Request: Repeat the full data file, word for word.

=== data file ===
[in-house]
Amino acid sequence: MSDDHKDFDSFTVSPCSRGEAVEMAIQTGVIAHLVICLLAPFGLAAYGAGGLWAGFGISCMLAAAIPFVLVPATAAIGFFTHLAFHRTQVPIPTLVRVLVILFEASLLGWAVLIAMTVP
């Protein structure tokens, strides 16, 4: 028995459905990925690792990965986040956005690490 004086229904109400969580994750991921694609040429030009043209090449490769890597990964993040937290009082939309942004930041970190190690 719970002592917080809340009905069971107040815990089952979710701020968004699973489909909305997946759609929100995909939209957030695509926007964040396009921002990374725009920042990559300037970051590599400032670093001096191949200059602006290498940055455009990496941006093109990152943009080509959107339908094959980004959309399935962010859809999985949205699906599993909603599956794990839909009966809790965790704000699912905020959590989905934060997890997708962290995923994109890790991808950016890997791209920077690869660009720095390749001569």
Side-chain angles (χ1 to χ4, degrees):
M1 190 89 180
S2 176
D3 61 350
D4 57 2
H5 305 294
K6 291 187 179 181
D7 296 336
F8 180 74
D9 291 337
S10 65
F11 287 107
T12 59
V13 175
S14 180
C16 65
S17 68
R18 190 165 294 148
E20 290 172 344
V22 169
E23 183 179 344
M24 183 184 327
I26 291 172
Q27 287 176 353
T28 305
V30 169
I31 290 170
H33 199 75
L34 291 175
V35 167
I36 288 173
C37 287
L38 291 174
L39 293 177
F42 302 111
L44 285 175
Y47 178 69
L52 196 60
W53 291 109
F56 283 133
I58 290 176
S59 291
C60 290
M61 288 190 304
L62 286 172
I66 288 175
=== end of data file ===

[in-house]
Amino acid sequence: MSDDHKDFDSFTVSPCSRGEAVEMAIQTGVIAHLVICLLAPFGLAAYGAGGLWAGFGISCMLAAAIPFVLVPATAAIGFFTHLAFHRTQVPIPTLVRVLVILFEASLLGWAVLIAMTVP
């Protein structure tokens, strides 16, 4: 028995459905990925690792990965986040956005690490 004086229904109400969580994750991921694609040429030009043209090449490769890597990964993040937290009082939309942004930041970190190690 719970002592917080809340009905069971107040815990089952979710701020968004699973489909909305997946759609929100995909939209957030695509926007964040396009921002990374725009920042990559300037970051590599400032670093001096191949200059602006290498940055455009990496941006093109990152943009080509959107339908094959980004959309399935962010859809999985949205699906599993909603599956794990839909009966809790965790704000699912905020959590989905934060997890997708962290995923994109890790991808950016890997791209920077690869660009720095390749001569």
Side-chain angles (χ1 to χ4, degrees):
M1 190 89 180
S2 176
D3 61 350
D4 57 2
H5 305 294
K6 291 187 179 181
D7 296 336
F8 180 74
D9 291 337
S10 65
F11 287 107
T12 59
V13 175
S14 180
C16 65
S17 68
R18 190 165 294 148
E20 290 172 344
V22 169
E23 183 179 344
M24 183 184 327
I26 291 172
Q27 287 176 353
T28 305
V30 169
I31 290 170
H33 199 75
L34 291 175
V35 167
I36 288 173
C37 287
L38 291 174
L39 293 177
F42 302 111
L44 285 175
Y47 178 69
L52 196 60
W53 291 109
F56 283 133
I58 290 176
S59 291
C60 290
M61 288 190 304
L62 286 172
I66 288 175